A white space device is an FCC-certified wireless device that can be used without an exclusive broadcast license in the RF spectrum below 700 MHz. White space devices can access the Internet at wireless broadband speeds. The devices use underutilized, unlicensed portions of the spectrum called white space. Characteristics of signals in those spectrum ranges are expected to lead to better and cheaper wireless service.
In the not-too-distant future, WSDs may be found in all of the electronics and computer hardware categories that currently have WiFi built into them, including routers, tablets, video game consoles, cameras, servers or smartphones.
On November 4, 2008, the FCC formerly approved the use of unused spectrum for WSDs. There were two types of WSDs under consideration. According to an FCC statement released in October 2008:
The first category consists of low-power "personal/portable” WSDs that will function similar to WiFi transceivers in laptop computers, and wireless in-home local area networks (LANs). The second category consists of higher-powered "fixed/access" WSDs that would typically be operated from a fixed location and might be used to provide a commercial service such as wireless broadband access. As established previously by the Commission, fixed white space devices will be allowed into the TV spectrum upon completion of the transition from analog to digital television broadcasts on February 17, 2009.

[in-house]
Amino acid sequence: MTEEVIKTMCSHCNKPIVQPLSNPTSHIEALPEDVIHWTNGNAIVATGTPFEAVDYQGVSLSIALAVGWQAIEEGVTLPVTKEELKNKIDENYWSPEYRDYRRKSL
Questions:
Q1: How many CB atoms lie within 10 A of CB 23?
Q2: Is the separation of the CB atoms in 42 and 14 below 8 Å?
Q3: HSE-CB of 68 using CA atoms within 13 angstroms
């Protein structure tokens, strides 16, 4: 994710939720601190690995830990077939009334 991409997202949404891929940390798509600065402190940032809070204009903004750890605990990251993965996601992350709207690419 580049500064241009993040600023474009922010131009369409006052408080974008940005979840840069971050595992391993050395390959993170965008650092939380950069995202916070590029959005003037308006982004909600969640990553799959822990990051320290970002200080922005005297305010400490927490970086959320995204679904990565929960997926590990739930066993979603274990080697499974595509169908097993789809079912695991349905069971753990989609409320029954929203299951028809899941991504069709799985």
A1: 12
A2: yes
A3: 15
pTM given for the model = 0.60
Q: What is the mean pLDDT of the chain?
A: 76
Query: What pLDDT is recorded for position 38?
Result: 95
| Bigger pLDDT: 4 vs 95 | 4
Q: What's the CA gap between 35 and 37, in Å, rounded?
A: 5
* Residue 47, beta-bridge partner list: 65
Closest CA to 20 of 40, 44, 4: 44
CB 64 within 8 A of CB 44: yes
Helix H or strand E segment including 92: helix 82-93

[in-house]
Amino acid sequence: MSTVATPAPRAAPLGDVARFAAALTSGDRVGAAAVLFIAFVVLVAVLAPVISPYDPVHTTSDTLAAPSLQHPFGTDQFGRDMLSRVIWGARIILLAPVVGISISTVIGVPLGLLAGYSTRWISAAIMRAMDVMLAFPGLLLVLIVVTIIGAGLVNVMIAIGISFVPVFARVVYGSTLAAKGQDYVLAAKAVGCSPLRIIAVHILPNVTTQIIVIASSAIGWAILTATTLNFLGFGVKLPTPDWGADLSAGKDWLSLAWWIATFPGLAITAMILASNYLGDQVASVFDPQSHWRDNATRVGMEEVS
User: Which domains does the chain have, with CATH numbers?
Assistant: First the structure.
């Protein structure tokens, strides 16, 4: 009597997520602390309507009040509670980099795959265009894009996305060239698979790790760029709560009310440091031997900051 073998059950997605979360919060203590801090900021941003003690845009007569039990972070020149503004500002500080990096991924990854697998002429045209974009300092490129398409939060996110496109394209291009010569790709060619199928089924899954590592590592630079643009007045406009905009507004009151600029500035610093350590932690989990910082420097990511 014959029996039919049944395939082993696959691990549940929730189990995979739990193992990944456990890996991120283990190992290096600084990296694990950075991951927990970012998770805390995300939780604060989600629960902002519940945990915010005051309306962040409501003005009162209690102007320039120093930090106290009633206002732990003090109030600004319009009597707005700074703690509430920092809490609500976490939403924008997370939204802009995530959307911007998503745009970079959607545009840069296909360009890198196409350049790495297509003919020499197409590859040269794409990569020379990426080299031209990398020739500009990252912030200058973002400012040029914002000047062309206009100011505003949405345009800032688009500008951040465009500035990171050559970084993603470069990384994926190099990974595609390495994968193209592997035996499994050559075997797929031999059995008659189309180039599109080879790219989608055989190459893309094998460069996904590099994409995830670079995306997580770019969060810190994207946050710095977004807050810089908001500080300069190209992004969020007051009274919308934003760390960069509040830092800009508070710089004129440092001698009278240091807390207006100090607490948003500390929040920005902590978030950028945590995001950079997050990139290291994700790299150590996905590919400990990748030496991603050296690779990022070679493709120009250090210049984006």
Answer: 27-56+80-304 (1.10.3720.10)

Members of the White Space Coalition, including Philips, Motorola, Google and Microsoft, submitted white space devices to the FCC over the course of two years. These low power transmitting devices were tested for potential interference with the signals for TV stations, wireless microphones and other incumbent services. The FCC has indicated that it will allow conditional unlicensed use of vacant frequencies only for white space devices that include spectrum sensing and geolocation capabilities. Spectrum sensing is a form of "smart radio" that scans for unused channels nearby. Geolocation is a technology that combines GPS with cross-referencing locations with a database of licensed spectrum users to identify active services nearby.
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